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The Parent property determines the hierarchical parent of the Instance. The following terminology is commonly used when talking about how this property is set:

  • An object is a child (parented to) another object when its Parent is set to that object.
  • The descendants of an Instance are the children of that object, plus the descendants of the children as well.
  • The ancestors of an Instance are all the objects that the Instance is a descendant of.

It is from this property that many other API members get their name, such as Instance/GetChildren|GetChildren and Instance/FindFirstChild|FindFirstChild.

The Instance/Remove|Remove function sets this property to nil. Calling Instance/Destroy|Destroy will set the Parent of an Instance and all of its descendants to nil, and also lock the Parent property. An error is raised when setting the Parent of a destroyed object.

This property is also used to manage whether an object exists in the game or needs be be removed. As long as an objects parent is in the DataModel, is stored in a variable, or is referenced by another objects property, then the object remains in the game. Otherwise, the object will automatically be removed. The top level DataModel object (the one referred to as the game by scripts) has no parent, but always has a reference held to it by the game engine, and exists for the duration of a session.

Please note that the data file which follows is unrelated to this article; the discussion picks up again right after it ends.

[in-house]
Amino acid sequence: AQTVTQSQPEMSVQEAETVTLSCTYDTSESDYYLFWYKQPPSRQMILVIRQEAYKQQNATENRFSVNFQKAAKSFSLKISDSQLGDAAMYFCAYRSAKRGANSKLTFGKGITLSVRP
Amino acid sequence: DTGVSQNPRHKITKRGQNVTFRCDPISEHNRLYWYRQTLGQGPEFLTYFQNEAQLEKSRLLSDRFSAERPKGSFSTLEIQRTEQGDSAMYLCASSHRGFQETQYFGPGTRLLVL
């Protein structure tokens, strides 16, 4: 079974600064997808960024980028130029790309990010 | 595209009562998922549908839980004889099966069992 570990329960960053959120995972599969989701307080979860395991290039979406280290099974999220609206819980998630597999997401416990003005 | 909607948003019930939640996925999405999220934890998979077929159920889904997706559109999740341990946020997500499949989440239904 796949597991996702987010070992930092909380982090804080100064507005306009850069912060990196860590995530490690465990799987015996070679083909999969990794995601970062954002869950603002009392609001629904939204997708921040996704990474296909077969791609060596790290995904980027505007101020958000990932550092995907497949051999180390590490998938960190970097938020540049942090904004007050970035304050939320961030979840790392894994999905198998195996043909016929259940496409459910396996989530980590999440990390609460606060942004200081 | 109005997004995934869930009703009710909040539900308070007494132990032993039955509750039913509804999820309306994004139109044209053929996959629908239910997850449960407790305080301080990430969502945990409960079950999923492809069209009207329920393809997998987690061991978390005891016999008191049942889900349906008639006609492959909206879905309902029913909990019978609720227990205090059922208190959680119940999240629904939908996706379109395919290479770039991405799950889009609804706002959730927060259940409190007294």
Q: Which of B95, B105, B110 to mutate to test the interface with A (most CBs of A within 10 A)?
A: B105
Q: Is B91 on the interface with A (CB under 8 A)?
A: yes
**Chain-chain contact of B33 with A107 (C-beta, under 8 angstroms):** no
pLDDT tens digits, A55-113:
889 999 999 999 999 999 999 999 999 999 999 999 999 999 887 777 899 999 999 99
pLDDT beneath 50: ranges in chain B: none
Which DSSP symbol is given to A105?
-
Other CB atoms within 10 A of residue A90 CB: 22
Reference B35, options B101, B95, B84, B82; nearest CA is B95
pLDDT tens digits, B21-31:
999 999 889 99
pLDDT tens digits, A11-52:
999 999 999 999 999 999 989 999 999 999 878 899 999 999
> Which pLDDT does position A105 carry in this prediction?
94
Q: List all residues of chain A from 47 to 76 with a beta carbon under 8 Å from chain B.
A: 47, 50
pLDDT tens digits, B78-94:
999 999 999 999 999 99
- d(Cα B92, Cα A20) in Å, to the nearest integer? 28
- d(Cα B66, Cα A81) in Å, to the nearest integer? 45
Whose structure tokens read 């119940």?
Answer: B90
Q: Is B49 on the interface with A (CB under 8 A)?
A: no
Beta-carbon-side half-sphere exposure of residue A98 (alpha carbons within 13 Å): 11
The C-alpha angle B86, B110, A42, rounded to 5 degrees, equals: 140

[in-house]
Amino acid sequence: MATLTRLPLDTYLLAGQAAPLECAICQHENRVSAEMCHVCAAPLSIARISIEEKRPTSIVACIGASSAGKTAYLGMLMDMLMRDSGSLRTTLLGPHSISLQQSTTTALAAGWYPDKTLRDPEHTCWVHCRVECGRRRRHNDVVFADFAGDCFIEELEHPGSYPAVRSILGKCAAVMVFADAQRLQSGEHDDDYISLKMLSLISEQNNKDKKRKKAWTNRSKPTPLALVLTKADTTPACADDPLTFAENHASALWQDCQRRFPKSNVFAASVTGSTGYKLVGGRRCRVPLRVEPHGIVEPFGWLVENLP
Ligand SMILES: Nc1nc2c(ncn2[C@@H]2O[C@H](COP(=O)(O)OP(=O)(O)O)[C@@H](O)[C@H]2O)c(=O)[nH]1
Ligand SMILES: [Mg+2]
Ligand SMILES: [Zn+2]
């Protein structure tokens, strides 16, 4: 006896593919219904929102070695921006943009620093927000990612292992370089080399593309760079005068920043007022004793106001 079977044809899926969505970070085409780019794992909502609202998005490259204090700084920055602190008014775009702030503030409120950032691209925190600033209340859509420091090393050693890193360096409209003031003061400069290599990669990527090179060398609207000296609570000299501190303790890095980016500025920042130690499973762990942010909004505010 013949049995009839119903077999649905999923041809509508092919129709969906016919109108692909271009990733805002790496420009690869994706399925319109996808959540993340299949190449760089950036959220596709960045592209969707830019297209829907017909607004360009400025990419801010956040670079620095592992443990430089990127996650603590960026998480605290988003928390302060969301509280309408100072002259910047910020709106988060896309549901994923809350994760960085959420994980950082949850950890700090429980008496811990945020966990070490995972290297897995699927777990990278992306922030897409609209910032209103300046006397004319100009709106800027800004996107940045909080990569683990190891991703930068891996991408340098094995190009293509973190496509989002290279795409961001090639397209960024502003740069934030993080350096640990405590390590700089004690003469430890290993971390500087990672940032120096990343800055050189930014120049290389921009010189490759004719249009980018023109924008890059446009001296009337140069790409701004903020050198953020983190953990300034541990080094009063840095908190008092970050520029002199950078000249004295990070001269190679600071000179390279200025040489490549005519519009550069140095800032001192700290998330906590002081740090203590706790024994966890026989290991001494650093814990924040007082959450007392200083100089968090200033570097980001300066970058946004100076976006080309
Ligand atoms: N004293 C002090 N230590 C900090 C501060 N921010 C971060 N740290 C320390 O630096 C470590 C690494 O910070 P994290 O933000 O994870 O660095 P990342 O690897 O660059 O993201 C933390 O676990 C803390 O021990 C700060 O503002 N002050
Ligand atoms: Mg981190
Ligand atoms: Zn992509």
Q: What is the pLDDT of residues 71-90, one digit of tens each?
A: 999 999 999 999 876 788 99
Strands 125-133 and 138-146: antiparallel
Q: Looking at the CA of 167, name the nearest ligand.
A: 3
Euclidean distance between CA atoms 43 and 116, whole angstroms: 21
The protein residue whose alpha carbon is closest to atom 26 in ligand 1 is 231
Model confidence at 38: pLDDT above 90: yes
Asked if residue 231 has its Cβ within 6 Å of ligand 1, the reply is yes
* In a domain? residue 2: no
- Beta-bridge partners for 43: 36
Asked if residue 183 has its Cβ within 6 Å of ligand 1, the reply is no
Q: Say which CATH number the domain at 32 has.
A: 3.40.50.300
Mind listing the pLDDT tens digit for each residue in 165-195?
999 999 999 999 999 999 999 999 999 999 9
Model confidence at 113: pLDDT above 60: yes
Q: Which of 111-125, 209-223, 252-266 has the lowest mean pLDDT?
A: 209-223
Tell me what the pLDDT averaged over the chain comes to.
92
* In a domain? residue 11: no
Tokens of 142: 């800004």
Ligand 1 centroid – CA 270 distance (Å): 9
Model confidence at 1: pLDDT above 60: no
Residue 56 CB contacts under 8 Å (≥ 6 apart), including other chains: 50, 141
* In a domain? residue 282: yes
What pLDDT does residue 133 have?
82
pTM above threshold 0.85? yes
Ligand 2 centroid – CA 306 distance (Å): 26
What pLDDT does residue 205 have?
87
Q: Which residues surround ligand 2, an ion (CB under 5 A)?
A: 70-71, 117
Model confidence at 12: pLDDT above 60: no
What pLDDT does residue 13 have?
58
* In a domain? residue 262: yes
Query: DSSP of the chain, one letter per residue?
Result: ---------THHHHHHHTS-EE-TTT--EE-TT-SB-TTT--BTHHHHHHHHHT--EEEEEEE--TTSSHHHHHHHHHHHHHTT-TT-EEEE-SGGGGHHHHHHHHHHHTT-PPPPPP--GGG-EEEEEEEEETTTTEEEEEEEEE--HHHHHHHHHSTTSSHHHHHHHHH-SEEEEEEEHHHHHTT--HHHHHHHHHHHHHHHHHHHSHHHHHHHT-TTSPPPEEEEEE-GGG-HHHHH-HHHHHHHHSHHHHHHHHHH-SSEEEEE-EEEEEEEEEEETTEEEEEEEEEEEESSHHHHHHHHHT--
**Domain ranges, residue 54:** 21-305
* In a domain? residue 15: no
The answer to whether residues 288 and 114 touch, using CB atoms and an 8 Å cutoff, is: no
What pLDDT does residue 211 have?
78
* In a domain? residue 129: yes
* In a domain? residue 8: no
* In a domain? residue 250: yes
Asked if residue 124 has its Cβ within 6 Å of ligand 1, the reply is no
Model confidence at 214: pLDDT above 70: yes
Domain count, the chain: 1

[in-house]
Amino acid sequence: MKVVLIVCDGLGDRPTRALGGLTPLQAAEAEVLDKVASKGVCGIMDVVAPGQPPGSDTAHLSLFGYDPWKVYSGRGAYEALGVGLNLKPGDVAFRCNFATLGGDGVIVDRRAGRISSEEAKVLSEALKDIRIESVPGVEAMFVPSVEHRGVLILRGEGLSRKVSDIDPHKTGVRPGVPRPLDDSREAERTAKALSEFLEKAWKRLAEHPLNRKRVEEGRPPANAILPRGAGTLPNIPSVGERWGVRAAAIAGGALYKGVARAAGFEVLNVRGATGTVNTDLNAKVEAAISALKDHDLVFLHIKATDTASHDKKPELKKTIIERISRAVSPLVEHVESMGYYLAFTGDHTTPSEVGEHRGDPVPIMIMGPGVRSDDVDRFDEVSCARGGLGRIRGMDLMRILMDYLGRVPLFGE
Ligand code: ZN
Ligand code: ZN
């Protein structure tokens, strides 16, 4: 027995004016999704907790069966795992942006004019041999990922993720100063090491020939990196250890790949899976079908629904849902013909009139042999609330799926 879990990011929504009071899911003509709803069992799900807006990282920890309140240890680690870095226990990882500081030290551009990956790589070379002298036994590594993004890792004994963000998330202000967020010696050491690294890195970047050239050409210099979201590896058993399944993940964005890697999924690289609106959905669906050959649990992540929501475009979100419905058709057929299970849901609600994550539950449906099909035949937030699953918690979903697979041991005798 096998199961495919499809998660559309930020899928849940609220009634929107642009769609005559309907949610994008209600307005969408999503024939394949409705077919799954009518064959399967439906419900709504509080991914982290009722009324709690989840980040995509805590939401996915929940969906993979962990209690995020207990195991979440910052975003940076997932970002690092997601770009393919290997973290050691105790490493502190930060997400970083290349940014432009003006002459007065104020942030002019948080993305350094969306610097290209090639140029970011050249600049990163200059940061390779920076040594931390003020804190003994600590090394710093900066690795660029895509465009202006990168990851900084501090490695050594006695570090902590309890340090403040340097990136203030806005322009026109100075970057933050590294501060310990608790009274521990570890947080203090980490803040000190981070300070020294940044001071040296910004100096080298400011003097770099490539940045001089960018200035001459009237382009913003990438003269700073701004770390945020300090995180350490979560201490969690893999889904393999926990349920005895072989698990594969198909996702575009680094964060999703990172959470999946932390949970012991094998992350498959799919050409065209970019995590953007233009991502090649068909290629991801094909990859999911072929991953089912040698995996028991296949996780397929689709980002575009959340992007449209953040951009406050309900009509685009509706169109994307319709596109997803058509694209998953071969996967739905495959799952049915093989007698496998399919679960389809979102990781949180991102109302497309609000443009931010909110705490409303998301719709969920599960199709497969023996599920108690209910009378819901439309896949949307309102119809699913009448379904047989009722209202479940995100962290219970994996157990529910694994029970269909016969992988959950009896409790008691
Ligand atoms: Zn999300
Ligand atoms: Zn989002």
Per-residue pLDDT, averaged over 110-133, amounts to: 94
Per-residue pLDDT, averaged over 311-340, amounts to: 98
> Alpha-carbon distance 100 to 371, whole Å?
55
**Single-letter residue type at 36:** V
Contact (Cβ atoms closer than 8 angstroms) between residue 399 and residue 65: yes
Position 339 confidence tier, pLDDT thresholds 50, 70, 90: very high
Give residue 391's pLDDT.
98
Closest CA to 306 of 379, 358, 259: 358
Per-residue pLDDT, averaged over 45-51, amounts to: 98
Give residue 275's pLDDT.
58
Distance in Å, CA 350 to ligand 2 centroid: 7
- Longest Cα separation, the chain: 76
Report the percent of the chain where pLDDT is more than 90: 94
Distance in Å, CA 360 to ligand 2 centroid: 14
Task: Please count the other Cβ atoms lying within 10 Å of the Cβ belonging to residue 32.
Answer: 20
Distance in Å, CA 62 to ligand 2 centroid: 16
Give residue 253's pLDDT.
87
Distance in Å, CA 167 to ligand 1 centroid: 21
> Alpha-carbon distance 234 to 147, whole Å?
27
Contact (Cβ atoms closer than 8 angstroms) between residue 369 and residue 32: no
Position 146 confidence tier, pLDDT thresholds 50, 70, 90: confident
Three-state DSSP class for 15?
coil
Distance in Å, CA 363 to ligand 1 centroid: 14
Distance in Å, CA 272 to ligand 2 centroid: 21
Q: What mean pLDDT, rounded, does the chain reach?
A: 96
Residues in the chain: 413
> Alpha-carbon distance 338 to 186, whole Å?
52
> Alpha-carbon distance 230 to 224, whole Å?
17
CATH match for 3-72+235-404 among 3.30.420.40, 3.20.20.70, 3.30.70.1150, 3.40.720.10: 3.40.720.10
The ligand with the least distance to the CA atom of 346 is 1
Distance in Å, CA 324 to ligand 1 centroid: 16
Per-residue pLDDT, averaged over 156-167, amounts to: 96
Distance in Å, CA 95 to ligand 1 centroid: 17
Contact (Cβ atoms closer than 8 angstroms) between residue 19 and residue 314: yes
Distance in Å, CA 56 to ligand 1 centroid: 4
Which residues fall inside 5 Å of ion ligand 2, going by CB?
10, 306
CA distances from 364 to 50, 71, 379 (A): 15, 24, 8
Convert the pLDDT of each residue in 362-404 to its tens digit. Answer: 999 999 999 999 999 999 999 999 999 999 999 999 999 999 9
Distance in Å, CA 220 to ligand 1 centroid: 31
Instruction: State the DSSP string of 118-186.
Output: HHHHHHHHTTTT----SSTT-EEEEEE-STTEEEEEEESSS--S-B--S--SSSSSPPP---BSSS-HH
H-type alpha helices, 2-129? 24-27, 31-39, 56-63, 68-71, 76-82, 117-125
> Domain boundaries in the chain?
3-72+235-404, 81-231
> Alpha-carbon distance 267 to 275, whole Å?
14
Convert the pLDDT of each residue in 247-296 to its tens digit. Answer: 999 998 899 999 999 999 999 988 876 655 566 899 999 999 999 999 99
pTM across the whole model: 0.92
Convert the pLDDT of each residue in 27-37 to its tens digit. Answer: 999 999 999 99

Newly created objects using Instance.new will not have a parent, and usually will not be visible or function until one is set. The most elementary creation of an object has two steps: creating the object, then setting its parent.

-- Create a part and parent it to the workspace
local part = Instance.new("Part")
part.Parent = workspace
-- Instance new can also take Parent as a second parameter
Instance.new("NumberValue", workspace)

Object Replication

An object created by server will not replicate to clients until it is parented to some object that is replicated. When creating an object then setting many properties, it’s recommended to set Parent last. This ensures the object replicates once, instead of replicating many property changes.

local part = Instance.new("Part") -- Avoid using the second parameter here
part.Anchored = true
part.BrickColor = BrickColor.new("Really red")
-- Potentially many other property changes could go here here...
-- Always set parent last!
part.Parent = workspace

However, if you were parenting your parts to a Model whose parent hasn’t been set yet, then setting the parent first would not matter as the model would not have replicated yet.